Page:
This paper provides an overall description of the runway extensions and a detailed account of both the technical and logistical challenges. Challenges included a prestressed composite deck design for both the aircraft impact and braking loads. Maintaining and replacing the lightbars of the Approach Lighting Systems (ALS) used to visually identify the runways was required, along with optimizing the pile hammer selection and driveability with wave equation analyses and dynamic pile driving PDA testing. Extensive coordination was necessary with the PANYNJ, FAA and various other stakeholders involved in this fast-paced design build project.


Document: 

SP-337_06

Date: 

January 23, 2020

Author(s):

Edward (Ted) Moffatt, Michael Thomas and Andrew Fahim

Publication:

Symposium Papers

Volume:

337

Abstract:

In 1978, the Canadian Centre of Mineral and Energy Technology (CANMET) initiated a longterm study to determine the performance of concrete in a marine environment. Between 1978 and 1994, over three hundred prisms as part of 14 different experimental phases were placed at the mid-tide level at the Treat Island exposure site. Treat Island is an outdoor exposure site operated by the U.S. Army Corps of Engineers, and lies in the Passamaquoddy Bay, part of the Bay of Fundy, near the town of Eastport in Maine. Following 25 years of exposure, the blocks were retrieved after being exposed to tidal conditions representing approximately 18,250 cycles of wetting and drying, and 2,500 cycles of freezing and thawing. This paper presents the durability performance of concrete from several phases of the CANMET study. This includes concrete incorporating various levels of supplementary cementing materials (up to 80% by mass of cementing material in some cases), with normal density and light-weight aggregate. The paper also compares output from the service-life model Life-365 with experimental chloride profile data. The results indicate the efficacy of SCMs in increasing the concrete resistance to chloride penetration. However, use of very high levels of these materials was found to render the concrete more susceptible to surface scaling. The results also showed that Life-365 model can predict chloride penetration adequately with very simple inputs.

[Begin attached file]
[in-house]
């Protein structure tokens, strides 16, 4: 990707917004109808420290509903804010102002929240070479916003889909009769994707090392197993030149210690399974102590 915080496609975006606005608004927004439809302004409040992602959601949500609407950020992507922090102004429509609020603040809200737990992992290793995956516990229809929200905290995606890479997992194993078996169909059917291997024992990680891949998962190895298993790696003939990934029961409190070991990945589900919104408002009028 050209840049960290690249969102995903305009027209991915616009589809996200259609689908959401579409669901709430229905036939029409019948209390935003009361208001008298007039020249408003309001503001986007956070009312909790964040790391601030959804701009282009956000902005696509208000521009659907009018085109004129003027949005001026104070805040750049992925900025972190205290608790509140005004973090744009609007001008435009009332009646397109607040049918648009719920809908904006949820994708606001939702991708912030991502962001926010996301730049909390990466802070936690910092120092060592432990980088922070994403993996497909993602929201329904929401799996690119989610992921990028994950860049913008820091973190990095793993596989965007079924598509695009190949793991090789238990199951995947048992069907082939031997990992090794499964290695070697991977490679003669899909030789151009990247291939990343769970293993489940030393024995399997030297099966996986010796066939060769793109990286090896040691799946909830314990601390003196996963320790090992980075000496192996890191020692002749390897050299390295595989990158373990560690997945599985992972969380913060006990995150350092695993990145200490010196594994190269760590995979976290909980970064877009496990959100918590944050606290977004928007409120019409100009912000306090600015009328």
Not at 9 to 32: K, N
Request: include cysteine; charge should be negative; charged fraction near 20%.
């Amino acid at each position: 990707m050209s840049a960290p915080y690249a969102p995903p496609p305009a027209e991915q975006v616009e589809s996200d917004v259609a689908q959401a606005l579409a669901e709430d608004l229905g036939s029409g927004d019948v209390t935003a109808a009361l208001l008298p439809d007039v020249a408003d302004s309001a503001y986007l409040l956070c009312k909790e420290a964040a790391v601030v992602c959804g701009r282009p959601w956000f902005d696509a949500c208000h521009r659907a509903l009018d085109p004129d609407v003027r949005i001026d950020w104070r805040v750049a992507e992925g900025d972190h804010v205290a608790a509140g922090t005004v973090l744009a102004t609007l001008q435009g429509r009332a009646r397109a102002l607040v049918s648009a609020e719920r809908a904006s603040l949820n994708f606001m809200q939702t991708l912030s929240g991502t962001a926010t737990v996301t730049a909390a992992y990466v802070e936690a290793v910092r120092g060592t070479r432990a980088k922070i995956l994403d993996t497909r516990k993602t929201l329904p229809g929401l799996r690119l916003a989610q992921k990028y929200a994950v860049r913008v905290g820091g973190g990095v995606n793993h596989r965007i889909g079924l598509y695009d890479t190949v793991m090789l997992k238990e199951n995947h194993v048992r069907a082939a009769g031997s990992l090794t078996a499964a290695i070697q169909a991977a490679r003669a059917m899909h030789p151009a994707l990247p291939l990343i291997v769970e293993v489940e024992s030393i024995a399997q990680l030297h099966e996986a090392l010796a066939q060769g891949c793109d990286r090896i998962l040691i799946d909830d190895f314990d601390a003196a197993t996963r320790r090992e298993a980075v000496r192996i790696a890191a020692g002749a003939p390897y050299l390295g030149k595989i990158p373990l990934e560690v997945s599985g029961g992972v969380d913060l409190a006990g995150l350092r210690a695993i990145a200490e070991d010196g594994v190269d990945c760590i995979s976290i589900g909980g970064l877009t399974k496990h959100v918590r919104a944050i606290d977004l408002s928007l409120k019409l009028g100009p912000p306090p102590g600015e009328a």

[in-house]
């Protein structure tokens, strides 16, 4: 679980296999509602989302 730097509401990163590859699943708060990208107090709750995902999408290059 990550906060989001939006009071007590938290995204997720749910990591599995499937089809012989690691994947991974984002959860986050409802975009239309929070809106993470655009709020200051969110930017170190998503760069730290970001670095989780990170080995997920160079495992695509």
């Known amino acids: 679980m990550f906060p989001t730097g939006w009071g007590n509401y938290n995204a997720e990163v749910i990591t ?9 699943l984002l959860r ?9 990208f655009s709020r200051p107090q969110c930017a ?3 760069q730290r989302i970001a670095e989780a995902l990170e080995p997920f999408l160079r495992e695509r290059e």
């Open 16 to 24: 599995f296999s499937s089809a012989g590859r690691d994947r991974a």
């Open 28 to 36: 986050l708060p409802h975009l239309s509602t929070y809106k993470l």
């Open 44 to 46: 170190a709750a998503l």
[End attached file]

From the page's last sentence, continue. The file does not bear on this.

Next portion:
Document: 

SP326-17

Date: 

August 10, 2018

Author(s):

Estefanía Cuenca, Giacomo Cislaghi, Michael Puricelli, and Liberato Ferrara

Publication:

Symposium Papers

Volume:

326

Abstract:

The cracks in concrete provide a way of entry to aggressive agents. These can affect the structure durability, mainly when exposed to extremely aggressive conditions such as marine environments. This paper analyzes the effects of self-healing on the resistance to chloride penetration, being the healing capacity autogenous and stimulated by crystalline admixtures. First, the effects of chlorides on the concrete compressive strength have been studied. To this aim, concrete cylinders were exposed to different curing situations (moist room at 95% RH, immersion in a chloride solution -165 g/l NaCl - and wet/dry cycles in salt water) along a time frame ranging from 7 to 84 days. Secondly, the effects of chlorides on pre-cracked cylinders have been analyzed. To this purpose, other cylinders cured under the same three conditions as above, were pre-cracked at 7 and 28 days and were then similarly cured for further 1 to 3 months, inspecting the sealing of the cracks. Finally, chloride penetration was determined by boundary color change methodology. The final aim of the work is to determine the maximum crack width which can be sealed, in order to define a performance based durability design approach for structures in aggressive exposure conditions.